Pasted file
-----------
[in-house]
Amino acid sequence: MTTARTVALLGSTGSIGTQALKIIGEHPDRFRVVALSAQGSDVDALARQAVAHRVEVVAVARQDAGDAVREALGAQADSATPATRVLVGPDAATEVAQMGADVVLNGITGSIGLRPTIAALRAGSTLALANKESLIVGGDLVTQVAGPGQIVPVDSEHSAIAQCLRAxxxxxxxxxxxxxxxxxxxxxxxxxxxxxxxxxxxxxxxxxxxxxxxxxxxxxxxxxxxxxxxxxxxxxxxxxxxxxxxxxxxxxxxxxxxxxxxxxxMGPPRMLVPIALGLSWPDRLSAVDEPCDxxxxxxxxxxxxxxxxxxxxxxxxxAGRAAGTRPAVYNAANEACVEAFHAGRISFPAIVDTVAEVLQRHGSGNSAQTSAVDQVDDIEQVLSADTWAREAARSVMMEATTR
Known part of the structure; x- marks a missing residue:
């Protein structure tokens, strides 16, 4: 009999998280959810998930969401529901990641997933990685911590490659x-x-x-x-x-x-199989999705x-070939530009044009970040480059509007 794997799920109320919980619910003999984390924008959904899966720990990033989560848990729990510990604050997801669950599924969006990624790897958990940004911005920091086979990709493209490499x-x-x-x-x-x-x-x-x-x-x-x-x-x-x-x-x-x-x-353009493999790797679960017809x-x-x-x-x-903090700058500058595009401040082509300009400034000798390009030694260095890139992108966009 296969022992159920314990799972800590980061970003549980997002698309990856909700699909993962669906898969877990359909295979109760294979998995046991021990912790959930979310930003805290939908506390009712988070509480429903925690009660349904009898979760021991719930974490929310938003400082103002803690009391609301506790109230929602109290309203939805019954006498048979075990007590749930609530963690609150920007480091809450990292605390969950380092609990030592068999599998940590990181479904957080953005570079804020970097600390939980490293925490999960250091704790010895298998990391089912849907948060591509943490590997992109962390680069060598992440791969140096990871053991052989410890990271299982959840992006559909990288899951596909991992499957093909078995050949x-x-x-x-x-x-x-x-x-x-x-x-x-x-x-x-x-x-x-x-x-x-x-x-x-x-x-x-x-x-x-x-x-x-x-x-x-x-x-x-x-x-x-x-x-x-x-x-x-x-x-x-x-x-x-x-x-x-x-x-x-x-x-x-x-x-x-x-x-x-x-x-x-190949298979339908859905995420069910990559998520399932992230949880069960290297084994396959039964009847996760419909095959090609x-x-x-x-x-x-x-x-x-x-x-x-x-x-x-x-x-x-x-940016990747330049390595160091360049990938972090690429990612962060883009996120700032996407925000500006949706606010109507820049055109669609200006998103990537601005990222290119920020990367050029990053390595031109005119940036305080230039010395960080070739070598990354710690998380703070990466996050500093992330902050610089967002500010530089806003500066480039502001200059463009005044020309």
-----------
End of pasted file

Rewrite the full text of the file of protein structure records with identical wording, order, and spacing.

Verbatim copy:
[in-house]
Amino acid sequence: MTTARTVALLGSTGSIGTQALKIIGEHPDRFRVVALSAQGSDVDALARQAVAHRVEVVAVARQDAGDAVREALGAQADSATPATRVLVGPDAATEVAQMGADVVLNGITGSIGLRPTIAALRAGSTLALANKESLIVGGDLVTQVAGPGQIVPVDSEHSAIAQCLRAxxxxxxxxxxxxxxxxxxxxxxxxxxxxxxxxxxxxxxxxxxxxxxxxxxxxxxxxxxxxxxxxxxxxxxxxxxxxxxxxxxxxxxxxxxxxxxxxxxMGPPRMLVPIALGLSWPDRLSAVDEPCDxxxxxxxxxxxxxxxxxxxxxxxxxAGRAAGTRPAVYNAANEACVEAFHAGRISFPAIVDTVAEVLQRHGSGNSAQTSAVDQVDDIEQVLSADTWAREAARSVMMEATTR
Known part of the structure; x- marks a missing residue:
């Protein structure tokens, strides 16, 4: 009999998280959810998930969401529901990641997933990685911590490659x-x-x-x-x-x-199989999705x-070939530009044009970040480059509007 794997799920109320919980619910003999984390924008959904899966720990990033989560848990729990510990604050997801669950599924969006990624790897958990940004911005920091086979990709493209490499x-x-x-x-x-x-x-x-x-x-x-x-x-x-x-x-x-x-x-353009493999790797679960017809x-x-x-x-x-903090700058500058595009401040082509300009400034000798390009030694260095890139992108966009 296969022992159920314990799972800590980061970003549980997002698309990856909700699909993962669906898969877990359909295979109760294979998995046991021990912790959930979310930003805290939908506390009712988070509480429903925690009660349904009898979760021991719930974490929310938003400082103002803690009391609301506790109230929602109290309203939805019954006498048979075990007590749930609530963690609150920007480091809450990292605390969950380092609990030592068999599998940590990181479904957080953005570079804020970097600390939980490293925490999960250091704790010895298998990391089912849907948060591509943490590997992109962390680069060598992440791969140096990871053991052989410890990271299982959840992006559909990288899951596909991992499957093909078995050949x-x-x-x-x-x-x-x-x-x-x-x-x-x-x-x-x-x-x-x-x-x-x-x-x-x-x-x-x-x-x-x-x-x-x-x-x-x-x-x-x-x-x-x-x-x-x-x-x-x-x-x-x-x-x-x-x-x-x-x-x-x-x-x-x-x-x-x-x-x-x-x-x-190949298979339908859905995420069910990559998520399932992230949880069960290297084994396959039964009847996760419909095959090609x-x-x-x-x-x-x-x-x-x-x-x-x-x-x-x-x-x-x-940016990747330049390595160091360049990938972090690429990612962060883009996120700032996407925000500006949706606010109507820049055109669609200006998103990537601005990222290119920020990367050029990053390595031109005119940036305080230039010395960080070739070598990354710690998380703070990466996050500093992330902050610089967002500010530089806003500066480039502001200059463009005044020309």